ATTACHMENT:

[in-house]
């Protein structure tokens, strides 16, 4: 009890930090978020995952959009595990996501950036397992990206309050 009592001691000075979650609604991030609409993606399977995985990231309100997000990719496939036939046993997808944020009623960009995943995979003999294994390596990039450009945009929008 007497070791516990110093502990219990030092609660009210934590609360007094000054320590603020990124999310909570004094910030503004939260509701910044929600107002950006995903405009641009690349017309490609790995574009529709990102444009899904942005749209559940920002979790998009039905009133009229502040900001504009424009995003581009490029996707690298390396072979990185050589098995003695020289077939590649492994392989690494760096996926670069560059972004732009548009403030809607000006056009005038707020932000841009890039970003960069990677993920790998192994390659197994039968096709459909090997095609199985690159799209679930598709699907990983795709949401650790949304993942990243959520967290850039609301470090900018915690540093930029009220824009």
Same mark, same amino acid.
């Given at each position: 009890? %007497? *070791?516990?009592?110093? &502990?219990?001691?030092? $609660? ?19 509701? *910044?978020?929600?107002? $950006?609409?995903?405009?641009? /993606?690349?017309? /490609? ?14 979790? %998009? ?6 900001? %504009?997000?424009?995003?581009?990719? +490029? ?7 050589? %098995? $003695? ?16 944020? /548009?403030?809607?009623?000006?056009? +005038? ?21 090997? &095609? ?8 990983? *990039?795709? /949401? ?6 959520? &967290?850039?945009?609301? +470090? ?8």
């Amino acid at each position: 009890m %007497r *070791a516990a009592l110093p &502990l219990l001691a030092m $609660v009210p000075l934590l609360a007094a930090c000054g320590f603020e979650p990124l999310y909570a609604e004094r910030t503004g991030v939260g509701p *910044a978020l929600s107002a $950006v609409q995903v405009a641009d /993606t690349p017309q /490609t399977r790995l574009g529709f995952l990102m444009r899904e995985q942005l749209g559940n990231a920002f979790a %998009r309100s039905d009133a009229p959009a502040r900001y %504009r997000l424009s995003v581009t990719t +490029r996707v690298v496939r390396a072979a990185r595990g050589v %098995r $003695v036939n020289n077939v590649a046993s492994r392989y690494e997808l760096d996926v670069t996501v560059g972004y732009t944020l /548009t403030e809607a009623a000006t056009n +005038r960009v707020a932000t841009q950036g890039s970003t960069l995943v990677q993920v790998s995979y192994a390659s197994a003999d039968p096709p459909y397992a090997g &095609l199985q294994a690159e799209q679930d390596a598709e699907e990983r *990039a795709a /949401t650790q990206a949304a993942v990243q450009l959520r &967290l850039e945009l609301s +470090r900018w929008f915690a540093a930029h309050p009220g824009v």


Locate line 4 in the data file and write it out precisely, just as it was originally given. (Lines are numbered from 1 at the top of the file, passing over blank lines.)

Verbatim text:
């Given at each position: 009890? %007497? *070791?516990?009592?110093? &502990?219990?001691?030092? $609660? ?19 509701? *910044?978020?929600?107002? $950006?609409?995903?405009?641009? /993606?690349?017309? /490609? ?14 979790? %998009? ?6 900001? %504009?997000?424009?995003?581009?990719? +490029? ?7 050589? %098995? $003695? ?16 944020? /548009?403030?809607?009623?000006?056009? +005038? ?21 090997? &095609? ?8 990983? *990039?795709? /949401? ?6 959520? &967290?850039?945009?609301? +470090? ?8």